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If you’re planning on moving on Vancouver Island, Ferguson Movers and Storage can help you execute your move. You can rely on our decades of experience with long distance moving and take the headache out of moving. Our non commissioned moving planners can help you plan your move so that everything goes smoothly and according to a structured plan.

Ferguson Moving and Storage is pleased to assist you in your moving needs all across Vancouver Island. We specialize in safely moving our customers valuable furniture and keepsakes to their new home.

Ferguson Moving and Storage are the moving company specialists across Vancouver Island. We offer a free moving quote so you can budget for your moving expenses. Ferguson Moving and Storage knows that moving is a stressful time in peoples lives and we are there to help make your move easier. Contact us for your free moving estimate and take the worry and hassle out of moving. We are one of BC’s oldest and most reliable movers, established way back in 1916.

VANCOUVER ISLAND, BRITISH COLUMBIA
LOCATION

Vancouver Island BC, is the largest island on the west Coast of North America, it’s nearly 460 km long and 50-80 km
wide and stretches parallel to the British Columbia mainland. The Island is separated from mainland
Canada by the Georgia, Queen Charlotte, and Johnstone straits, and from the U.S. by Juan De Fuca
Strait. Along with the Queen Charlotte Islands, it forms part of a partially submerged chain of the
Cordillera and is a continuation of the U.S. coastal mountains.
Vancouver Islands’ coastline is very rugged, especially on the west where there are several fjord-like
inlets, the longest being Alberni Inlet and Muchalat Inlet, that cut into a heavily forested, mountainous
interior, with mountains averaging 600-1,000 m. Higher peaks include Golden Hinde (2,200 m), Elkhorn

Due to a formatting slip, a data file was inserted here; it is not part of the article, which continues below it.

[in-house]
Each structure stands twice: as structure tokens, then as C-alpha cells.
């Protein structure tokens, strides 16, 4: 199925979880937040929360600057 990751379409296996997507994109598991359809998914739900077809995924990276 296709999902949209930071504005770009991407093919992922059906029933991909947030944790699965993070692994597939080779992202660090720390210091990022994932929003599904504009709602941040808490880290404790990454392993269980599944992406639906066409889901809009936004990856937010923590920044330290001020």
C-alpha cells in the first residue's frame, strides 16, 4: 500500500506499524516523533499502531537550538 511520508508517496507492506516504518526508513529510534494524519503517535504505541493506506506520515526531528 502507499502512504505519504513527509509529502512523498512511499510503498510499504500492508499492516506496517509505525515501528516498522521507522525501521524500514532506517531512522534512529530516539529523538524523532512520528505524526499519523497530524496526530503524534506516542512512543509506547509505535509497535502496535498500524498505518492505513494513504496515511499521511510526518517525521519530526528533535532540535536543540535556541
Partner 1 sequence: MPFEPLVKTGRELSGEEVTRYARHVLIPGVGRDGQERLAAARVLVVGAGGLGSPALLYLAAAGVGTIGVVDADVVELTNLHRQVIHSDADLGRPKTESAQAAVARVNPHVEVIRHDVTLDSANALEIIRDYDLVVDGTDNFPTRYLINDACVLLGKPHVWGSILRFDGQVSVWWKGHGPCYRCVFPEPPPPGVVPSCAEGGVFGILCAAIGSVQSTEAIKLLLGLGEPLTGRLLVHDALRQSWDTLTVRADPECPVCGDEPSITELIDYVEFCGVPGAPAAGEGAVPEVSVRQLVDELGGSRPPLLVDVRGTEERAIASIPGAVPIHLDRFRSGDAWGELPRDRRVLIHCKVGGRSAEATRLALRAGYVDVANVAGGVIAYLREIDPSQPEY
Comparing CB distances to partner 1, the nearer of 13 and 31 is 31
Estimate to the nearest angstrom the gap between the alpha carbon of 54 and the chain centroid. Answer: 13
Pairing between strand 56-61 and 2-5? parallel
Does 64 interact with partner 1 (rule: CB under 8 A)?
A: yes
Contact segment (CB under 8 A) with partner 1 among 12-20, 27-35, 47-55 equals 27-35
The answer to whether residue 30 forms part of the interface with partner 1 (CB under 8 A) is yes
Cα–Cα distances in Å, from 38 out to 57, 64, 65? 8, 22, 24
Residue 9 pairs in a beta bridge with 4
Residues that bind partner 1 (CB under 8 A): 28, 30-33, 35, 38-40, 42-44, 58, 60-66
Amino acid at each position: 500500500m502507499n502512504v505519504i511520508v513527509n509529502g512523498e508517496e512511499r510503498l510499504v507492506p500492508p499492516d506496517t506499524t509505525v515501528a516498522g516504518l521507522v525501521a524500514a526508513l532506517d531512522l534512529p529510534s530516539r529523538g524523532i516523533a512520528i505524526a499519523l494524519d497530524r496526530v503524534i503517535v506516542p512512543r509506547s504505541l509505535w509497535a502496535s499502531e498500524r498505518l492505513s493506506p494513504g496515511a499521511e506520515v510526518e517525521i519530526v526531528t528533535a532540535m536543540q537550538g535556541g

Mountain (2,194 m) and Mount Colonel Foster (2,133 m). In contrast to this mountainous core are the
coastal lowlands, which form an almost encircling belt. They are most pronounced in the north and east
where the Nahwitti and Nanaimo lowlands form part of a coastal trough stretching from southeast Alaska
to the Puget Depression in Washington State.
The Island has numerous freshwater lakes, the largest being Nimpkish, Cowichan, Buttle, Sproat, Great
Central, and Campbell. The climate is damp but mild, with precipitation ranging from 3.8 m in the
western flanks of the mountains to less than 0.8 m in the southeast Nanaimo Lowland. Much of the
precipitation returns to the Pacific through a series of rapid-flowing, deeply incised, relatively short
rivers, such as the Nanaimo and Campbell. The Island is most heavily populated in the southeast, where
the City of Victoria is located.

HISTORY
First Nation people have occupied the Island for several thousand years. A tribal village society evolved,
with an economy based on fishing, collecting, and hunting. The abundant marine and forest resources
along the coasts supported a culture rich in oral tradition and artistic expression. Two main linguistic
families, Salishan and Wakashan, developed and continue to exist. In the early 19th century the native
population was about 15,000. Owing to disease, it declined to about 5,600 in 1881, fluctuated around
5,000 until the 1950s, but increased to more than 7,000 by the 1970s.
The diversity of place-names with which the Island and its surrounding islands and waters abound, are a
permanent record of its exploratory period. The voyage of James Cook, and George Vancouver’s
circumnavigation and hydrographic survey of the Island (1792-94) provided the basis for increased
British penetration. In 1843, the HBC sent James Douglas to the Island to select a site for a fort, and a
small settlement at the southern tip developed around Fort Victoria. The Treaty of Washington (1846)
established the Island as British territory; it was made a British crown colony in 1849. It united with the